So, that lasted about 24 hours.
That’s the approximate amount of time between Beyoncé’s performance at Sunday night’s MTV Video Music Awards, when she struck a superhero pose in front of the word FEMINIST blown up a story high while Chimamanda Ngozi Adichie’s affirmation of equality rang out in the background, and Sofia Vergara’s appearance at last night’s Emmy Awards.
Sofia Vergara was perched atop a giant lazy Susan like a sports car at an auto show, giving the audience a 360-degree view as the ground rotated beneath her, while the CEO of the Television Academy, Bruce Rosenblum, stood next to her and talked about… what was he talking about? Yeah, I don’t remember, either; I was distracted by the utterly tone-deaf, cringe-inducing spectacle that was the over-the-top objectification of a woman who is far, far funnier than the “I’m not from this country, but look how hot I am!” material she’s typically given. Vergara is obviously complicit in her objectification, and maybe she’s really enjoying it, but that doesn’t make the optics any less discomfiting.
Another off-key note came from Stephen Colbert, who thanked his writing staff by saying “so proud of those guys, and one woman, sorry for that, for some reason.” Come on, Colbert! You honestly don’t know why people raise hell about how underrepresented women are on writing staffs like yours? Doesn’t exactly portend well for the hiring of Colbert’s new Late Night writing team.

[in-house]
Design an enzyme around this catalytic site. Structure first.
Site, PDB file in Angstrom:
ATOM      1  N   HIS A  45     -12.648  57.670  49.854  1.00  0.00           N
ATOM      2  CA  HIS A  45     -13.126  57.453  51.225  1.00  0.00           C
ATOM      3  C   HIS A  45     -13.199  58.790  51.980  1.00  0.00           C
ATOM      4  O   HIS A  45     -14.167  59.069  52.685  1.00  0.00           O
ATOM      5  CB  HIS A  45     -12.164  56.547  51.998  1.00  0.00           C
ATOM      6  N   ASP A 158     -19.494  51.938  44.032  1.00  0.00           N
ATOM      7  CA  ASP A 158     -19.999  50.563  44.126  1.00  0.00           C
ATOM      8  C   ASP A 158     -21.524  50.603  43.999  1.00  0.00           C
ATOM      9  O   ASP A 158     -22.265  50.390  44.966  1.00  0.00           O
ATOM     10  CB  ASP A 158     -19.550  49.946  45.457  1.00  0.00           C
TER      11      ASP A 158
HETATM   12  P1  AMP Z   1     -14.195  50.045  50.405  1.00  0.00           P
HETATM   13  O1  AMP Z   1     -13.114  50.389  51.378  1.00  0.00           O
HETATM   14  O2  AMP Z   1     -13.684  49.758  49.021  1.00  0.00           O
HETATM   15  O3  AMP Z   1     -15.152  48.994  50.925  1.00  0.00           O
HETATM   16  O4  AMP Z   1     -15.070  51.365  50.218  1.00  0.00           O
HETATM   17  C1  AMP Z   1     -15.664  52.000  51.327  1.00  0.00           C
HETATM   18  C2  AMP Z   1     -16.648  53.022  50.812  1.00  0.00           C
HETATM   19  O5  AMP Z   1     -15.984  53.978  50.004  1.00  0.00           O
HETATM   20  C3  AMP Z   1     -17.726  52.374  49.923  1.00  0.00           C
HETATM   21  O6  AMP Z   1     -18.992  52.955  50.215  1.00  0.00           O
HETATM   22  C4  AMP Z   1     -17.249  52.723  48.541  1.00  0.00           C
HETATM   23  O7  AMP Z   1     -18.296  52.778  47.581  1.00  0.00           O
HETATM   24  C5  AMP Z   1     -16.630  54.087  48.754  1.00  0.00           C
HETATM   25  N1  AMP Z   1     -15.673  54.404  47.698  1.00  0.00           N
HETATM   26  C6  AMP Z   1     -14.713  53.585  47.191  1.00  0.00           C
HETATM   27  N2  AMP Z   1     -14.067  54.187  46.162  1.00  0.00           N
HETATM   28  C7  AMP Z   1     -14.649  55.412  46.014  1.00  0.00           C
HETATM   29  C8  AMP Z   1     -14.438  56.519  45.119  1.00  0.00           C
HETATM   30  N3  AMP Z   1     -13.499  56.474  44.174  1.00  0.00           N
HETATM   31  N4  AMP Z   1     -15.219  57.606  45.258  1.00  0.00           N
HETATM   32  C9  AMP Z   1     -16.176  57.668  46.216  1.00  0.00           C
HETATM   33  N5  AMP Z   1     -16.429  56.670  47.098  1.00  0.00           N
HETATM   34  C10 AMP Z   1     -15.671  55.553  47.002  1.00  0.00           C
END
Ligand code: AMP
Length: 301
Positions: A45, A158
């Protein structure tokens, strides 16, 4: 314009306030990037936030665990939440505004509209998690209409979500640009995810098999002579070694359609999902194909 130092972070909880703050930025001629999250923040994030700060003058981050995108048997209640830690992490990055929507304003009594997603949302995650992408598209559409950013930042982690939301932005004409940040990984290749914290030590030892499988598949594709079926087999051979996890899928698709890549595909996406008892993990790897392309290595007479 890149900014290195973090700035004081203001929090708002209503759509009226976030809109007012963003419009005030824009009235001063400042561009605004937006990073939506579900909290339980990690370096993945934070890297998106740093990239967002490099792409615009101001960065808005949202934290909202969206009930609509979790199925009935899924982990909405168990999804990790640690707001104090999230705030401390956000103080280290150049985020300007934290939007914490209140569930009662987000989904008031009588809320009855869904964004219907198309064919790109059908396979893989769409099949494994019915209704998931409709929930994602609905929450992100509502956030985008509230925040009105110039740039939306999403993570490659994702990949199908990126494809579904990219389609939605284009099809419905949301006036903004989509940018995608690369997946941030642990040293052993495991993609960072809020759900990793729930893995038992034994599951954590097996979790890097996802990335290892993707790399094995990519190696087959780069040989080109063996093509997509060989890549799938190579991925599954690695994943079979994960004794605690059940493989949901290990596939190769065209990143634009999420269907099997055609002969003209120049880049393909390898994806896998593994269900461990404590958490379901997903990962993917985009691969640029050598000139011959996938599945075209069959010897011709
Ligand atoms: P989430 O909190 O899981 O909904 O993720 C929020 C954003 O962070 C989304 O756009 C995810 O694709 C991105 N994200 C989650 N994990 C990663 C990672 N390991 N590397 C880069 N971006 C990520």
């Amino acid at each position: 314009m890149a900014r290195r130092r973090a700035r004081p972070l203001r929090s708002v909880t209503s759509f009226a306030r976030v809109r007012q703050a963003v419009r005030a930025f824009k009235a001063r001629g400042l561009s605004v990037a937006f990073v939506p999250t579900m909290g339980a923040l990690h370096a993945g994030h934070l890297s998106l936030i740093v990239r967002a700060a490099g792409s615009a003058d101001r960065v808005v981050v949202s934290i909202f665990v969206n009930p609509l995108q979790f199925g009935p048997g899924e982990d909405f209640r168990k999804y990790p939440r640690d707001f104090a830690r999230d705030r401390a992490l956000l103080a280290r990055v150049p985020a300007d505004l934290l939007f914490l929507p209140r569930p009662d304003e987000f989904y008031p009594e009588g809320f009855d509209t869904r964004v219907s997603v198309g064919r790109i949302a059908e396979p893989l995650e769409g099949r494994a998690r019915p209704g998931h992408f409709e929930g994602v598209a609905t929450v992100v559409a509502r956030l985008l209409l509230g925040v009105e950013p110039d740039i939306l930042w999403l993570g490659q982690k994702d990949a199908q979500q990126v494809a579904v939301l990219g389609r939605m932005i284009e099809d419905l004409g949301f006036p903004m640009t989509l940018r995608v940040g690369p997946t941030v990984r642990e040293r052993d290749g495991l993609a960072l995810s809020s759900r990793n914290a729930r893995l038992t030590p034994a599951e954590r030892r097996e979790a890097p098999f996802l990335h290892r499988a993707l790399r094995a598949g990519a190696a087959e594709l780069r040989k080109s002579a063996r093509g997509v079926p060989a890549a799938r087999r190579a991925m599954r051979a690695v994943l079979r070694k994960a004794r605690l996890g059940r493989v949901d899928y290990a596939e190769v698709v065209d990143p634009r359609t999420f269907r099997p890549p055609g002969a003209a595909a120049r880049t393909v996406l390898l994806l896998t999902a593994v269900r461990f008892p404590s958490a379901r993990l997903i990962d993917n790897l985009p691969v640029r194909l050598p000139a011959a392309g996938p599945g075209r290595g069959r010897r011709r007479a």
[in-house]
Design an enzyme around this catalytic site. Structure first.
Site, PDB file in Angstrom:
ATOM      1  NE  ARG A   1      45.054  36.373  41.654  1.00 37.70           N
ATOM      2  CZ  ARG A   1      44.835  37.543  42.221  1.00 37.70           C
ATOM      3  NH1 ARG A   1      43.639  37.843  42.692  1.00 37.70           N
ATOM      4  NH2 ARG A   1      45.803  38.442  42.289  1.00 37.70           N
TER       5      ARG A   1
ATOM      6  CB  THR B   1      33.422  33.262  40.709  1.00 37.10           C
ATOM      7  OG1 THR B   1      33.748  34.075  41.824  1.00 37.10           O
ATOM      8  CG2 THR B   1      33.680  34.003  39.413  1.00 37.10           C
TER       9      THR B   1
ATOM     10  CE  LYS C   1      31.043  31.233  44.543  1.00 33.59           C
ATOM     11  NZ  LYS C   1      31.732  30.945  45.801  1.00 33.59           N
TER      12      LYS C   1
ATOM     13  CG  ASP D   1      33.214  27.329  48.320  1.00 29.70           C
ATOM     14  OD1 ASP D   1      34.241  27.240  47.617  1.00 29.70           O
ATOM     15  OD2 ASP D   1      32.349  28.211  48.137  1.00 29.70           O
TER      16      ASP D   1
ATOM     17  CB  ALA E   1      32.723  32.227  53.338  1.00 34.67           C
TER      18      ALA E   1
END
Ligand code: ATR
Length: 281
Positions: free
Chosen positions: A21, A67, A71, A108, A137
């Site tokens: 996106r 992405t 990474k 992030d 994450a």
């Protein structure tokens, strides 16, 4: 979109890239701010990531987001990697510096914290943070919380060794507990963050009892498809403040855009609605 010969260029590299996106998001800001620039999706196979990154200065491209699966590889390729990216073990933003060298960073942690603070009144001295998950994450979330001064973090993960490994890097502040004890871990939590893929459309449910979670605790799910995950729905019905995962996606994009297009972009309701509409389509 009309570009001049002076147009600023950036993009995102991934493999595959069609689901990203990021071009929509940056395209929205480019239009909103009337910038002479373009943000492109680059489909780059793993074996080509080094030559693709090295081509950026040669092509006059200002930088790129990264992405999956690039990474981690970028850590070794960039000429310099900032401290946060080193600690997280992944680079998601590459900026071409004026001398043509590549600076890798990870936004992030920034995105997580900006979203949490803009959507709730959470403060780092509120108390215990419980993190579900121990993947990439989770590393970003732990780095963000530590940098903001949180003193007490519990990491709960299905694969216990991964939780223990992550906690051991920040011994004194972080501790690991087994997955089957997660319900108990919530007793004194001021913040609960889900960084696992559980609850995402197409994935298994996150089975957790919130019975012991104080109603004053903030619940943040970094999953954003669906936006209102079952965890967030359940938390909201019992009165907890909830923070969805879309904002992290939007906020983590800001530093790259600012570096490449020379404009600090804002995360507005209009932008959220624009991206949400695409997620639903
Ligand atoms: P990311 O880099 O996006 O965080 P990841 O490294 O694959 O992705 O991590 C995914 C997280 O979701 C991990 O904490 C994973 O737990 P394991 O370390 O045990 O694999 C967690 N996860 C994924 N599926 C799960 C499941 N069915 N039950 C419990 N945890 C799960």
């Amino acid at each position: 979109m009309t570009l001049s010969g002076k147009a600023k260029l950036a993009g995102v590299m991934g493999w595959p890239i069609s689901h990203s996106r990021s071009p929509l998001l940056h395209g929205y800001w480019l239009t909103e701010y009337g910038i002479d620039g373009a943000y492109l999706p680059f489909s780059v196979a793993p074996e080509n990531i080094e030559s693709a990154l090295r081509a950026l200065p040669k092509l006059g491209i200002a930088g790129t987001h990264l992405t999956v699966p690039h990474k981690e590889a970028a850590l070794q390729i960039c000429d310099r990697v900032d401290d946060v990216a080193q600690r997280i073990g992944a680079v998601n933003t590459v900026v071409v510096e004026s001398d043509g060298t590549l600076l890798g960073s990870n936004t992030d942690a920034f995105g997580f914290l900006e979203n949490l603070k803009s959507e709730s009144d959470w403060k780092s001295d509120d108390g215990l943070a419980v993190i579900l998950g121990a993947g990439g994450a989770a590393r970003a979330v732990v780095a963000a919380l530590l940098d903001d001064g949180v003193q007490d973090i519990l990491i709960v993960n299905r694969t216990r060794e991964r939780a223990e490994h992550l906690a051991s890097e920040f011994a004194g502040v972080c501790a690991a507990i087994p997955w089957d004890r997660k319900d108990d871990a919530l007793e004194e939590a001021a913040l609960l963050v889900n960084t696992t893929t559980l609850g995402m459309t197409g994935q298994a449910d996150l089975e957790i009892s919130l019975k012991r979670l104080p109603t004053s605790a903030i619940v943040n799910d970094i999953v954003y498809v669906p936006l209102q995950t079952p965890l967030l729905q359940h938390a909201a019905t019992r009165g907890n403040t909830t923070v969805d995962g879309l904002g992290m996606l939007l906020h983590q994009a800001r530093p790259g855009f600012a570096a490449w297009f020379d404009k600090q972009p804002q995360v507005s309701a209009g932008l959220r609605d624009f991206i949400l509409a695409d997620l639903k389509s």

2014: the year the MTV VMAs were more tasteful — and feminist! — than the Emmys.
It wasn’t all bad news for ladies this year. Moira Walley-Beckett, writer of Breaking Bad’s “Ozymandias,” the best hour of television last year and maybe any year ever, took home a trophy for Outstanding Writing for a Drama Series. Gail Mancuso, who directed an episode of Modern Family — can’t really tell you if it was good or bad because, like most of you, I no longer watch Modern Family and have no idea why it keeps winning awards — snagged Outstanding Direction for a Comedy Series. A murderers’ row of badass ball-busters, all over the age of 50, earned acting statuettes: Allison Janney, Julia Louis-Dreyfus, Kathy Bates, and Jessica Lange. Sarah Silverman won Outstanding Writing for a Variety Special for We Are Miracles. Spitting in the face of the uglier, misogynistic side of Breaking Bad’s fandom for the second year in a row, Anna Gunn won Outstanding Supporting Actress in a Drama Series for her portrayal as Skyler White on Breaking Bad, a performance so powerful I’ve described it as a suckerpunch to the solar plexus.
It’s really one step forward, two steps back with these awards shows. Sigh. At least we have this:
In a backstage interview with Entertainment Weekly, Sofia Vergara responded to criticism of the bit. From the EW story: “Yet when asked whether the stunt was sexist and demeaning, Vergara shot back: ‘I think its absolutely the opposite. It means that somebody can be hot and also be funny and make fun of herself. I think it’s ridiculous that somebody started this — I know who she was — who has no sense of humor [and should] lighten up a little bit.’ It’s not immediately clear who Vergara was referring to has having started the criticism.”